The value, 0, refers to the first bootstrap method specifier in the array of specifiers that are stored in the BootstrapMethods attribute. Bootstrap method specifiers are not in the constant pool table. They are contained in this separate array of specifiers. Each bootstrap method specifier contains an index to a CONSTANT_MethodHandle constant pool entry, which is the bootstrap method itself.

The following example shows an excerpt from the same constant pool that shows the BootstrapMethods attribute, which contains the array of bootstrap method specifiers:


  [3] { // Attributes

    // ...

    Attr(#235, 6) { // BootstrapMethods at 0x0F63
      [1] { // bootstrap_methods
        {  //  bootstrap_method
          #233; // bootstrap_method_ref
          [0] { // bootstrap_arguments
          }  //  bootstrap_arguments
        }  //  bootstrap_method
      }
    } // end BootstrapMethods
  } // Attributes

The constant pool entry for the bootstrap method mybsm method handle contains the following values:

  • CONSTANT_MethodHandle tag
  • Unsigned byte of value 6
  • Constant pool index #232.

The value, 6, is the REF_invokeStatic subtag. See, Using the invokedynamic Instruction, for more information about this subtag.

Using the invokedynamic Instruction

The following example shows how the bytecode uses the invokedynamic instruction to call the mybsm bootstrap method, which links the dynamic call site (+, the addition operator) to the adder method. This example uses the + method to add the numbers 40 and 2 (line breaks have been added for clarity):


bipush  40;
invokestatic    Method java/lang/Integer.valueOf:"(I)Ljava/lang/Integer;";
iconst_2;
invokestatic    Method java/lang/Integer.valueOf:"(I)Ljava/lang/Integer;";
invokedynamic   InvokeDynamic
  REF_invokeStatic:
    Example.mybsm:
      "(Ljava/lang/invoke/MethodHandles/Lookup;
        Ljava/lang/String;
        Ljava/lang/invoke/MethodType;)
      Ljava/lang/invoke/CallSite;":
    +:
      "(Ljava/lang/Integer;
        Ljava/lang/Integer;)
      Ljava/lang/Integer;";

The first four instructions put the integers 40 and 2 in the stack and boxes them in the java.lang.Integer wrapper type. The fifth instruction invokes a dynamic method. This instruction refers to a constant pool entry with a CONSTANT_InvokeDynamic tag:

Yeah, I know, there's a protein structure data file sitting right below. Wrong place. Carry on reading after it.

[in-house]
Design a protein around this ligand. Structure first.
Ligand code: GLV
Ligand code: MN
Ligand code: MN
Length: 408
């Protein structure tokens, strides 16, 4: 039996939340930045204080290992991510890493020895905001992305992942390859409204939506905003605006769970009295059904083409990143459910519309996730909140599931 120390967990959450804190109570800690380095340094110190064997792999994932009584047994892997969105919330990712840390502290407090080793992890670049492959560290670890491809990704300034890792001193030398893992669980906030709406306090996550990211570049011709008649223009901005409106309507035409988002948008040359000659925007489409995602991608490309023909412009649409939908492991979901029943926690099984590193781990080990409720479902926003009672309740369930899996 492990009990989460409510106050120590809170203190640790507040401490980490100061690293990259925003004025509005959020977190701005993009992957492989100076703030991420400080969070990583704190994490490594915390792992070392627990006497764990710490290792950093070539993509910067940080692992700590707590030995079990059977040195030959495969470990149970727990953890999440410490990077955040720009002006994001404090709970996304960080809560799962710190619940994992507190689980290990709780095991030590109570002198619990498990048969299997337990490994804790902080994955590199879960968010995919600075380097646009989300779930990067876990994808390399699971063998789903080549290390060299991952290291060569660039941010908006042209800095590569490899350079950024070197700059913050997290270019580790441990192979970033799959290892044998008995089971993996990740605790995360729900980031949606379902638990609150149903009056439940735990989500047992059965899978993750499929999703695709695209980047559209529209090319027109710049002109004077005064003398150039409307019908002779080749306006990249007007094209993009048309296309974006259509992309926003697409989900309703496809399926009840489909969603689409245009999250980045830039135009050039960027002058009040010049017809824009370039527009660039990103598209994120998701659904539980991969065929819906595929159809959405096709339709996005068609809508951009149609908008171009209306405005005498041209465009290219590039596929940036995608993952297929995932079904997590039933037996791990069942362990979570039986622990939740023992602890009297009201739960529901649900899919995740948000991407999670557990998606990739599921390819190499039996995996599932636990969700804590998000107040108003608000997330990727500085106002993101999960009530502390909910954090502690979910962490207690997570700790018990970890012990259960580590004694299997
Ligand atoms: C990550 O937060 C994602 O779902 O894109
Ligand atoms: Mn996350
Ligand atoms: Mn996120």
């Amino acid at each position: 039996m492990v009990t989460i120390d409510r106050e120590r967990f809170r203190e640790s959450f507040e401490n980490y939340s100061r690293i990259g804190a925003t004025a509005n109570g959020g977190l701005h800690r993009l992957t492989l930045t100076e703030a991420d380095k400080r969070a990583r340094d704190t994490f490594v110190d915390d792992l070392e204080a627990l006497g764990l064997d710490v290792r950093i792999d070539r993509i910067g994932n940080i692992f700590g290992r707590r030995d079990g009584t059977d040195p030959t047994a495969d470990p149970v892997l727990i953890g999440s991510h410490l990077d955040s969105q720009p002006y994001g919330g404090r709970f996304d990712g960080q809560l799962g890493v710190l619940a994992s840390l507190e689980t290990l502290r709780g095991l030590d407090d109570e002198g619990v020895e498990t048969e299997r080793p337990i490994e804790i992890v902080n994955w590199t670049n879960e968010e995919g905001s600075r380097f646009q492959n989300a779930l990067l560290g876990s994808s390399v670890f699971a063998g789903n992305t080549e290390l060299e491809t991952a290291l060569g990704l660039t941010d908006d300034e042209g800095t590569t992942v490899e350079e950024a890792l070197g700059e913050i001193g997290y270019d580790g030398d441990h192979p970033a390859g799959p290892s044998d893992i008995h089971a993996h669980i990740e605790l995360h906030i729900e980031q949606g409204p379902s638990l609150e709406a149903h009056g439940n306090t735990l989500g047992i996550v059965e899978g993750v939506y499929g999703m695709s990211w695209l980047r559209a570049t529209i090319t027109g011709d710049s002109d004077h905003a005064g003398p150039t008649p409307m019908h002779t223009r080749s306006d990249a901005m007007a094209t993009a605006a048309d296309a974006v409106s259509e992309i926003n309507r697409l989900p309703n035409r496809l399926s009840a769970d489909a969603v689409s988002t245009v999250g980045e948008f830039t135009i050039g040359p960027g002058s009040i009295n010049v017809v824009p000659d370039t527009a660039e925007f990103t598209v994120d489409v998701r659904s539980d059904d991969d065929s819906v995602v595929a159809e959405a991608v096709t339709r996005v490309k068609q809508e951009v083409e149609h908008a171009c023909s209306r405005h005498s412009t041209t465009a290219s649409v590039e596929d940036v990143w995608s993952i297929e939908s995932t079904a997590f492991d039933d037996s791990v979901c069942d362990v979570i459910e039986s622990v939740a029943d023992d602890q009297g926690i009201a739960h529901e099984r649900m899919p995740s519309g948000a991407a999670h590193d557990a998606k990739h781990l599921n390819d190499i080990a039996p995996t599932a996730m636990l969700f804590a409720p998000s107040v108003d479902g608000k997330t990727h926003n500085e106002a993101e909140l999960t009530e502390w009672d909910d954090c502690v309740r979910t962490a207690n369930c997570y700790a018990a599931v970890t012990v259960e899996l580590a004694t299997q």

REF_invokeStatic:
  Example.mybsm:
    "(Ljava/lang/invoke/MethodHandles/Lookup;
      Ljava/lang/String;
      Ljava/lang/invoke/MethodType;)
    Ljava/lang/invoke/CallSite;":
  +:
    "(Ljava/lang/Integer;
      Ljava/lang/Integer;)
    Ljava/lang/Integer;";

Four bytes follow the CONSTANT_InvokeDynamic tag in this entry.

  • The first two bytes form a reference to a CONSTANT_MethodHandle entry that references a bootstrap method specifier:

    
    REF_invokeStatic:
      Example.mybsm:
        "(Ljava/lang/invoke/MethodHandles/Lookup;
          Ljava/lang/String;
          Ljava/lang/invoke/MethodType;)
        Ljava/lang/invoke/CallSite;"
    

    This reference to a bootstrap method specifier is not in the constant pool table. It is contained in a separate array defined by a class file attribute named BootstrapMethods. The bootstrap method specifier contains an index to a CONSTANT_MethodHandle constant pool entry, which is the bootstrap method itself.

    Three bytes follow this CONSTANT_MethodHandle constant pool entry:

    • The first byte is the REF_invokeStatic subtag. This means that this bootstrap method will create a method handle for a static method; note that this bootstrap method is linking the dynamic call site with the static Java adder method.

    • The next two bytes form a CONSTANT_Methodref entry that represents the method for which the method handle is to be created:

      
      Example.mybsm:
        "(Ljava/lang/invoke/MethodHandles/Lookup;
          Ljava/lang/String;
          Ljava/lang/invoke/MethodType;)
        Ljava/lang/invoke/CallSite;"
      

      In this example, the fully qualified name of the bootstrap method is Example.mybsm . The argument types are MethodHandles.Lookup, String, and MethodType. The return type is CallSite.

  • The next two bytes form a reference to a CONSTANT_NameAndType entry:

    
    +:
      "(Ljava/lang/Integer;
        Ljava/lang/Integer;)
      Ljava/lang/Integer;"
    

    This constant pool entry specifies the method name (+), the argument types (two Integer instances), and return type of the dynamic call site (Integer).

In this example, the dynamic call site is presented with boxed integer values, which exactly match the type of the eventual target, the adder method. In practice, the argument and return types don’t need to exactly match. For example, the invokedynamic instruction could pass either or both of its operands on the JVM stack as primitive int values. Either or both operands could be untyped Object values. The invokedynamic instruction could receive its result as a primitive int value, or an untyped Object value. In any case, the dynMethodType argument to mybsm accurately describes the method type that is required by the invokedynamic instruction.

The adder method could be given primitive or untyped arguments or return values. The bootstrap method is responsible for making up any difference between the dynMethodType and the type of the adder method. As shown in the code, this is easily done with an asType call on the target method.